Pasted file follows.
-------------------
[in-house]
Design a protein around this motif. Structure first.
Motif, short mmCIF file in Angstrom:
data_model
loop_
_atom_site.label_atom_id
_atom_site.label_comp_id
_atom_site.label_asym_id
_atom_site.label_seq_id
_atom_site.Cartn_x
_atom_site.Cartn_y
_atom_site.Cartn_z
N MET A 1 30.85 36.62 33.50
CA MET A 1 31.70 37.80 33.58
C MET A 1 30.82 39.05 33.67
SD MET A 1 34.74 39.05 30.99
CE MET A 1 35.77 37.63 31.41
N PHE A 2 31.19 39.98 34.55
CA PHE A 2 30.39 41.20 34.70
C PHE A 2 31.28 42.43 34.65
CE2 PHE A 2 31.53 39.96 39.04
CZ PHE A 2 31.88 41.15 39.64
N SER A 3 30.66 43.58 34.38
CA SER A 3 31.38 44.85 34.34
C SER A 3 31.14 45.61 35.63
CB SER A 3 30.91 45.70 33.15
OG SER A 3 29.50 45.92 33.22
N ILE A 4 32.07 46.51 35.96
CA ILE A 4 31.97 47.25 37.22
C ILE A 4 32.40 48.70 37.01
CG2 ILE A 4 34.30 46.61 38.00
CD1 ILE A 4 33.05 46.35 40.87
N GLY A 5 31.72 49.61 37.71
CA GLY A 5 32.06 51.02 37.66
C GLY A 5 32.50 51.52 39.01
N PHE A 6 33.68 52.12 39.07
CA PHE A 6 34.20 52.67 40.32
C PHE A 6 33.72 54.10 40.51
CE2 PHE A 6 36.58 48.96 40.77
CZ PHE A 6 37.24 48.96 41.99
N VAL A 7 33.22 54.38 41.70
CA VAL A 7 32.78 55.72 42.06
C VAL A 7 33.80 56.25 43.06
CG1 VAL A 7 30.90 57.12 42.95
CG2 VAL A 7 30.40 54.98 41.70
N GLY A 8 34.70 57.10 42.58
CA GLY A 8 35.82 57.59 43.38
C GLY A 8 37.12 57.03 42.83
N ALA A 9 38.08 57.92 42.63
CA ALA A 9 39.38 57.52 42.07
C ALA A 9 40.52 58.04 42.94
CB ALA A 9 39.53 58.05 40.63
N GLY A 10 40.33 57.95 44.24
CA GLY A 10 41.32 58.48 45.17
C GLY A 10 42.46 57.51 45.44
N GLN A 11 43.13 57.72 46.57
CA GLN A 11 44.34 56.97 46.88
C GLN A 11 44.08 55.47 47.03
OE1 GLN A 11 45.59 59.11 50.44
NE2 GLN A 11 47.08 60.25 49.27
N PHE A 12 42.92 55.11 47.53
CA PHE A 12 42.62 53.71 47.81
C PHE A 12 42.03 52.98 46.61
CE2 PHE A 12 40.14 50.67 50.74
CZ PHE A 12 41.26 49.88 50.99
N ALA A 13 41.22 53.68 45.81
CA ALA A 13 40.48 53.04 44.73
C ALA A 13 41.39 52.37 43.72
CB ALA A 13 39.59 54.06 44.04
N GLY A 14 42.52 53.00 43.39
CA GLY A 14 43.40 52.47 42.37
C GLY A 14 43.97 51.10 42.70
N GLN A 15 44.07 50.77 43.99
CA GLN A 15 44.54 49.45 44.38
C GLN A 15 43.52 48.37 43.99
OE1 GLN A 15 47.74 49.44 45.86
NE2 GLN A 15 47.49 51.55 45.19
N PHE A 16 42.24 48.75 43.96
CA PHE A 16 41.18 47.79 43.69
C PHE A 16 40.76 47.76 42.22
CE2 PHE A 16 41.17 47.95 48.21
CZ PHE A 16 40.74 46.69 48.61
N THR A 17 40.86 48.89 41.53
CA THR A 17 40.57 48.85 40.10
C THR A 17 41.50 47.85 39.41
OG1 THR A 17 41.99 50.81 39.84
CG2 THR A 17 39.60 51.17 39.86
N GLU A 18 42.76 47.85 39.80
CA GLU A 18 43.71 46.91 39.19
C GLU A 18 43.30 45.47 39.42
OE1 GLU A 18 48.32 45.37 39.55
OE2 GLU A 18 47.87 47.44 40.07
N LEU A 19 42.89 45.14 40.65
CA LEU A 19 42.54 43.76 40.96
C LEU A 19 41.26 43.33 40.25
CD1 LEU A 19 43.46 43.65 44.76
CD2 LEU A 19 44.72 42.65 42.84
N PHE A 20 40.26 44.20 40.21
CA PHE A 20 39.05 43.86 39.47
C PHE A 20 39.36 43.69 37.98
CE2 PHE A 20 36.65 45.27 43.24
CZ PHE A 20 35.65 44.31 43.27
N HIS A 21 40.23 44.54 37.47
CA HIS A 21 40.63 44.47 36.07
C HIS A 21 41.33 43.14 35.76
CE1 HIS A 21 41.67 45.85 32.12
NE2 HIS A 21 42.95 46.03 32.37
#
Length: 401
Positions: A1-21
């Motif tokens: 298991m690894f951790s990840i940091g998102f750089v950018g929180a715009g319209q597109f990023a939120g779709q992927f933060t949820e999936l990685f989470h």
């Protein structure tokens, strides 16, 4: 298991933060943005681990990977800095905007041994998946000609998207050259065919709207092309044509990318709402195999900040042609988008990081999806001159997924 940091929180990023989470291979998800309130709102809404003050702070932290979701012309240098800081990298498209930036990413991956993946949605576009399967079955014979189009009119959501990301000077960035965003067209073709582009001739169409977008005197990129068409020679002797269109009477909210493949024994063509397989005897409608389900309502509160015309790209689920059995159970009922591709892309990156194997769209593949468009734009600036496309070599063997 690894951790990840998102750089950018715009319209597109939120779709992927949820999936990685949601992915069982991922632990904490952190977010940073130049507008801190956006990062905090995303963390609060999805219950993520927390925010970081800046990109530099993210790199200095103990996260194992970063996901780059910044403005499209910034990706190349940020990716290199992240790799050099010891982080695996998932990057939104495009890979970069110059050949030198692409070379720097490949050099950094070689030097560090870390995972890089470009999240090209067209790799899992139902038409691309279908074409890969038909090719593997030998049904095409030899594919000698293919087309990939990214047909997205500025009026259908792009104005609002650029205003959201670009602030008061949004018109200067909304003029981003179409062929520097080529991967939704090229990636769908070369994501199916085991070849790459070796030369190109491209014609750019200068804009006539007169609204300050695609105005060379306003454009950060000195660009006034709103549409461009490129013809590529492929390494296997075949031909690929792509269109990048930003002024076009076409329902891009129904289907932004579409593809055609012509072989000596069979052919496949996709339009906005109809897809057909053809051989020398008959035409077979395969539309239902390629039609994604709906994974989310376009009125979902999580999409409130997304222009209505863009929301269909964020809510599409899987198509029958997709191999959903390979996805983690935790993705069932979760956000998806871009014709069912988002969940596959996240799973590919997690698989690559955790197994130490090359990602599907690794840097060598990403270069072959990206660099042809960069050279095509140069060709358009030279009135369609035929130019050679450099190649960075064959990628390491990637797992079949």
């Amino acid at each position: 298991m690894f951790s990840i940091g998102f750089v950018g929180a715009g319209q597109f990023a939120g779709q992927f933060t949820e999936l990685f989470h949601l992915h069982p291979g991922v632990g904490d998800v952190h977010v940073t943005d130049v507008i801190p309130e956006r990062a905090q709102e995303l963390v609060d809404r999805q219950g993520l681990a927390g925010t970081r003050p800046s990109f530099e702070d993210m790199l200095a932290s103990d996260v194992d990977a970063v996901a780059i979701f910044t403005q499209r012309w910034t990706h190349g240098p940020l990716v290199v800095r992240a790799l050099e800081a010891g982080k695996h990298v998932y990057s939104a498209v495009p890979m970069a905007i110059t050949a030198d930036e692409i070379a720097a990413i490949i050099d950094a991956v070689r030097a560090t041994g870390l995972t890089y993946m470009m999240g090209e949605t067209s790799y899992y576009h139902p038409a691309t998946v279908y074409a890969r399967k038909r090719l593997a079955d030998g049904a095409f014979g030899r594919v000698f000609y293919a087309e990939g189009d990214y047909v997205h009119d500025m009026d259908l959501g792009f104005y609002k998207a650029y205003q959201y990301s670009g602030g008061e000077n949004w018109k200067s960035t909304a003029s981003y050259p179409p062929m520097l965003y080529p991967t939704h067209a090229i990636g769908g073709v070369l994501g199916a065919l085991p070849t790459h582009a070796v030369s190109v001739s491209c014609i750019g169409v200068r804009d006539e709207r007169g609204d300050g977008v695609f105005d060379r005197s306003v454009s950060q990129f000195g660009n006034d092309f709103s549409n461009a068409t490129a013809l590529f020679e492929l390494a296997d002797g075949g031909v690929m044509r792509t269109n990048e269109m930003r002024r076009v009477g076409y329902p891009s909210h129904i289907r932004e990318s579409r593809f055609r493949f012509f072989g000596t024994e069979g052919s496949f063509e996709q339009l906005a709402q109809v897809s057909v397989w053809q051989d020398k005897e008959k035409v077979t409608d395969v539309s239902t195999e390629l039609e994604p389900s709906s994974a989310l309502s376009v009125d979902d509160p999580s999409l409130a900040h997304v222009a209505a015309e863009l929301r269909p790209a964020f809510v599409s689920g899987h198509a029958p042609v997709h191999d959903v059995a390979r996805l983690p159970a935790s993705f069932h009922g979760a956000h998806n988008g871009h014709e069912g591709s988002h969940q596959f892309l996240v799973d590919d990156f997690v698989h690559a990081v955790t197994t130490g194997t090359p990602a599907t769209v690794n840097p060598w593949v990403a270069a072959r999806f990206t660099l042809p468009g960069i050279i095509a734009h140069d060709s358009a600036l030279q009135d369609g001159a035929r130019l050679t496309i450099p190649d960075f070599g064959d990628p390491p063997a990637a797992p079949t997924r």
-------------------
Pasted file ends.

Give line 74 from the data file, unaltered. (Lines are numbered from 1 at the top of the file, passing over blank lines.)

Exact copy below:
CA GLN A 15 44.54 49.45 44.38